1) Navigation written test. You have 1:50 hours for 5 assignments. Each are weighted 20%. One of them is answer 5 questions about "HK Chart 1" (see links). You need to know all the symbols by heart (this is HK ...). If you know those, that's an easy 20%. Another 20% is a question involving tides: Look up tide tables (easy), and answer a few definitions (as found in the front of the Hydro Office yearly tide book. Which can't be downloaded, and which often is sold out). The remaining 3 exercises are the killers. Navigation exercises where you are supplied with a full size chart. Plot some fixes, apply leeway, variation, deviation, current or whatever is in the exercise. There is a deviation table for each applicant, which is graduated in HALF DEGREES precision. And they expect you to interpolate between those (you can't make this s... up). And you have to document all you do (on the paper provided, NOT on the chart).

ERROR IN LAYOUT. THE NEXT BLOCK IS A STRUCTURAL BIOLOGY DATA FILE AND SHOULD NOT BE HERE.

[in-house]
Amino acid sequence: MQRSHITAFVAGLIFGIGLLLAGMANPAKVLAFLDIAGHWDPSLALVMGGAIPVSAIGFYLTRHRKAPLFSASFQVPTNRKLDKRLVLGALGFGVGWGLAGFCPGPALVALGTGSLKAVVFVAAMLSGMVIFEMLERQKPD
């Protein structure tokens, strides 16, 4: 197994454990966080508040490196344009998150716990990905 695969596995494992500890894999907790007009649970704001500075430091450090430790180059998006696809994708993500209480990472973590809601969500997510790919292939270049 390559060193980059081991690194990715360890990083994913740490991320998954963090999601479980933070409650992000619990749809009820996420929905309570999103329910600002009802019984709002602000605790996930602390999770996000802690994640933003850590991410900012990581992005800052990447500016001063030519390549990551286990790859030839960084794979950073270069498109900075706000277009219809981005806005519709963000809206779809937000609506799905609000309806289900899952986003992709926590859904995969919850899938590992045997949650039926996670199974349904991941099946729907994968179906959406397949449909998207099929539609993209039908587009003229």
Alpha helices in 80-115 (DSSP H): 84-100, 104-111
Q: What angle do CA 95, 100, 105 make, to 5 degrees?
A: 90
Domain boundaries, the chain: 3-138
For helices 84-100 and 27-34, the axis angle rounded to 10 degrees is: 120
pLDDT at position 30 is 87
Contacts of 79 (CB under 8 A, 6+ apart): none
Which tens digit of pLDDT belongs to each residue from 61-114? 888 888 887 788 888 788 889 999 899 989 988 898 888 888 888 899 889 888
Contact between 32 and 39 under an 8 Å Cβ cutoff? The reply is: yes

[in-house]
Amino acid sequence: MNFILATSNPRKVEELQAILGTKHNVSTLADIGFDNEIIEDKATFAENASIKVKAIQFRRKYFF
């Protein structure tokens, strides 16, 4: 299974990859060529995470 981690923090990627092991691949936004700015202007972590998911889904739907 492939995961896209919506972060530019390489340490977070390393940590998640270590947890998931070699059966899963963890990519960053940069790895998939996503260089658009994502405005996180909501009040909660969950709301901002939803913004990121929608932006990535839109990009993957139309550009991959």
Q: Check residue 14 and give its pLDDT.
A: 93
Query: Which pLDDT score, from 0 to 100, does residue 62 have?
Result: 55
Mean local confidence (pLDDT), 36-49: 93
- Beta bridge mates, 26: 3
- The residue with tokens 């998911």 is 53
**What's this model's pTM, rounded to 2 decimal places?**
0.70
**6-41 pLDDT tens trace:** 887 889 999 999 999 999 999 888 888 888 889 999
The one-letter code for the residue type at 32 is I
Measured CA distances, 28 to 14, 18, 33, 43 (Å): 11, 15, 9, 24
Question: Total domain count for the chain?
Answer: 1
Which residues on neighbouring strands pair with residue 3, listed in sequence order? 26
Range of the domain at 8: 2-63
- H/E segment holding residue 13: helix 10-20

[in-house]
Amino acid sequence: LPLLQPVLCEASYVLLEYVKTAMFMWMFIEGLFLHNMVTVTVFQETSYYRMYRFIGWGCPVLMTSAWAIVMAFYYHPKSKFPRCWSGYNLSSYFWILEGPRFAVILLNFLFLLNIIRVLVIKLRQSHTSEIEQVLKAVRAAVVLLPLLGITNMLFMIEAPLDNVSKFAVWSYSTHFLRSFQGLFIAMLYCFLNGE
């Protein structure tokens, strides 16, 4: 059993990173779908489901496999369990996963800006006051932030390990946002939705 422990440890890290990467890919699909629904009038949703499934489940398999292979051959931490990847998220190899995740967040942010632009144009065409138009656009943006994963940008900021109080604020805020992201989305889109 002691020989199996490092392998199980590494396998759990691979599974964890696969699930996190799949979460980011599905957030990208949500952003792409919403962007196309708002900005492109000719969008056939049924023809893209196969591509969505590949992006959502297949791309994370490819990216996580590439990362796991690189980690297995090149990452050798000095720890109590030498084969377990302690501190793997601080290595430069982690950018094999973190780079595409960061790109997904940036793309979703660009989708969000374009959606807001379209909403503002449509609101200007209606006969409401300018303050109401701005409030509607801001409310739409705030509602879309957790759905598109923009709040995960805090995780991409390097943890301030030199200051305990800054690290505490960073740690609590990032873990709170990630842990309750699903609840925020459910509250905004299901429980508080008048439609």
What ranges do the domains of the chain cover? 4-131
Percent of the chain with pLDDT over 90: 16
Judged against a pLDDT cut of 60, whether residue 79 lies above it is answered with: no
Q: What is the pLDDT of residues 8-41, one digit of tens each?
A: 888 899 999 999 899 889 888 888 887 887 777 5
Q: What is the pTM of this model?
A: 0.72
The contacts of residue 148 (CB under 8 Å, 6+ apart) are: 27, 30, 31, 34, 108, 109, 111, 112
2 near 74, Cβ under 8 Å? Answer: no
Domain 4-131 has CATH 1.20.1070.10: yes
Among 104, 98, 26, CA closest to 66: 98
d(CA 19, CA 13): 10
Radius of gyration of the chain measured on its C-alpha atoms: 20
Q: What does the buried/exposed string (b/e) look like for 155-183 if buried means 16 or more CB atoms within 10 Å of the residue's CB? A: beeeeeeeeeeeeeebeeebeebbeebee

Believe me, you will be stressed for time. It took me two attempts for the written, and both times I was still writing when time was up. You make the tiniest mistake (or they can't follow your calculations), and they mark you down heavily. They claimed I didn't apply deviation correctly in my first attempt (which I know I did, but can't prove since I don't have the paper and not allowed to copy or photo it). Anyway, fail this one, and you wait another 6-12 months for the next test.